08 Oct Five benefits of great posture
Posture is happening while we are sitting, meditating, sleeping, and stretching. When we are active, exercising, working, playing posture is important in all movements. It is 24 hours a day, 7 days a week, 365 days per year, continuous, dynamic and an essential element to healthy living.
Allowing yourself time to work on good posture can be well worth the effort, and here are 5 reasons why.
Better lung capacity
Great posture always starts at the absolute center of the body: the breath.
Your diaphragm is an incredibly important muscle, responsible for respiration (inhalation + exhalation), or breathing. When the diaphragm contracts it creates a pressure gradient within the thorax. This pressure difference causes air to flow into the lungs as the ribs expand.
By practicing correct breathing it is possible to improve the mechanical efficiency of the lungs by increasing the space inside the thorax on inhalation. Like any muscle in the body, the diaphragm can be trained, and as the diaphragm contracts fully, we increase the amount of air we can draw into our lungs.
It is estimated that working on breathing we can increase lung capacity by 20 -30 percent. Not a bad pay back for 5 – 10 minutes of deep breathing exercises per day.
Supine abdominal breathing
Plank abdomina breathing
Developing good posture can often resolve niggling aches and pains. Headaches may suddenly lessen in severity and duration, lower back pain starts to ease off, and shoulder issues may resolve simply by working on correct body alignment.
When muscles are constantly overworked, stressed, or loaded in the incorrect way, pain can result.
This pain is often difficult to pinpoint. A massage or good stretch may provide some relief, but the discomfort returns. There may be a particular work role, or exercise that is creating a muscle imbalance which in turn establishes a pain cycle, overuse, mechanical stress, which starts translating into pain.
Muscles are designed to work within synergies, coupling with other muscles to perform their jobs. If our posture is poor, these muscle synergies can be less than optimal, meaning other muscles have to work harder to do the same job.
Align your posture, and all of a sudden muscles can start doing their job, bringing relief for that niggling neck pain.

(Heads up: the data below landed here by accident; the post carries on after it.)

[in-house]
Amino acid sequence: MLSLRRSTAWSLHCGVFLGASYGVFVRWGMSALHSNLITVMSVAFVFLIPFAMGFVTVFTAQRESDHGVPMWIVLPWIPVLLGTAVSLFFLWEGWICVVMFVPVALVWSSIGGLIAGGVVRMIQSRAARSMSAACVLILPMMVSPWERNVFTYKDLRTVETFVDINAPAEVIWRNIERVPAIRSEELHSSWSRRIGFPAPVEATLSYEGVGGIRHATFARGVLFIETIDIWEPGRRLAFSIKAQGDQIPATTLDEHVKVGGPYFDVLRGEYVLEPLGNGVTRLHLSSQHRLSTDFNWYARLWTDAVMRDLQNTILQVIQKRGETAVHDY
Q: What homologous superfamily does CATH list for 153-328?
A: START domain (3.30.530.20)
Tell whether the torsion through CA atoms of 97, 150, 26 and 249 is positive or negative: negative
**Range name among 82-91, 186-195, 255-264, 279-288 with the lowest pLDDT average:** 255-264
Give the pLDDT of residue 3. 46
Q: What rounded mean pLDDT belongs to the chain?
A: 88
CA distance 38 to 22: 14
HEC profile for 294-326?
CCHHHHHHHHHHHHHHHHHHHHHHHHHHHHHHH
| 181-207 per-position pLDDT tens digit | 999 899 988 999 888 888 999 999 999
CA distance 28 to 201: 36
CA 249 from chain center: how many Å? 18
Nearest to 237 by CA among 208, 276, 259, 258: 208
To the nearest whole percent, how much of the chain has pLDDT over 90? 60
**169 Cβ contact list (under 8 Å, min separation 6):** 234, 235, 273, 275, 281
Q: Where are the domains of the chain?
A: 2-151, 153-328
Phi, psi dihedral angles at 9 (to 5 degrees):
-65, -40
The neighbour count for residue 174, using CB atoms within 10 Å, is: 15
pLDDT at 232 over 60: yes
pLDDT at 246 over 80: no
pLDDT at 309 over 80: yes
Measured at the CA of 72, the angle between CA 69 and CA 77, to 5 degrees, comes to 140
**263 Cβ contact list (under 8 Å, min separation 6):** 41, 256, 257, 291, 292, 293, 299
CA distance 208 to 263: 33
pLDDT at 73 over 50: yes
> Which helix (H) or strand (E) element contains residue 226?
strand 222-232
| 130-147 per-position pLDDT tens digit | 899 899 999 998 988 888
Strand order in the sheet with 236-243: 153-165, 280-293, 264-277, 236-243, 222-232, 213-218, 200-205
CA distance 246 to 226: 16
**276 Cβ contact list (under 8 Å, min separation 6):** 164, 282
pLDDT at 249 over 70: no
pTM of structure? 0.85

Working on alignment can reduce mechanical based pain by simply placing the muscles in the right position so they can perform their jobs correctly.
From a physical performance perspective posture can be directly related to technique: form equals function.
An uneven muscle recruitment pattern can set up a dysfunctional range of movement. As with a knee that is tracking too medially, the knee joint itself is not placed in an optimal position to allow the tibia and femur to glide across each other. This will limit knee flexion mechanically.
The body will then try to shift position to remove this tension in the joint, which will generally occur at a joint above, or below, the kinetic chain.
If we take time to correctly position, and then layer in posture and alignment queues, then performance in itself can improve drastically.
This is simply because everything is doing what it is meant to be doing. The body stops fighting itself, and energy expenditure is optimized into producing quality movement.
Five minutes of deep abdominal breathing can produce a physiological state of relaxation by allowing the parasympathetic nervous system (PNS) to engage. The PNS is the all about restoration and regeneration, it happens most often when you are asleep, allowing the body a chance to replenish, restore and revitalize.
Deep breathing techniques, such as practice in meditation, martial arts, dance, Pilates and yoga have been used for many years to promote focus, clarity and a sense of calm. The art in these practices often comes with a focus on the breath.
Increased core stability
The link to the diaphragm and the core musculature is very important, and can require a fair bit of practice to really enhance the function of the inner torso musculature which is integral to spinal column health.
The diaphragm is one of the largest muscles in the body, with physical attachments to the lumbar vertebrae, in addition to most of the thorac. It also has a very important agonist – antagonist relationship the Rectus Abdominus, Obliques, Transverse Abdominus and fascia connections to the hip flexors. Essentially, when the diaphragm is contracting on the inhalation, the abdominals are relaxing, and vice versa on the exhalation. When these muscle are working synergistically a powerful connection to the spinal column is created where there is stability at all times during respiration.
Sit a little straighter, breath little deeper.
Allowing yourself the time to work on your posture will reward you, by:
- Improving your lung capacity.
- Decreasing postural based pain syndromes
- Increasing performance via correct movement posture
- Relax you, and chill you the heck out!
- Increase your corestability and spinal health
To learn how to breathe correctly speak to a movement professional such as an Accredited Exercise Physiologist, try a yoga class, or grab your matt and head to Pilates. Your body will thank you for it.
Andrew Dowler, Accredited Exercise Physiologist, and exercise geek loves working with people to help them move better!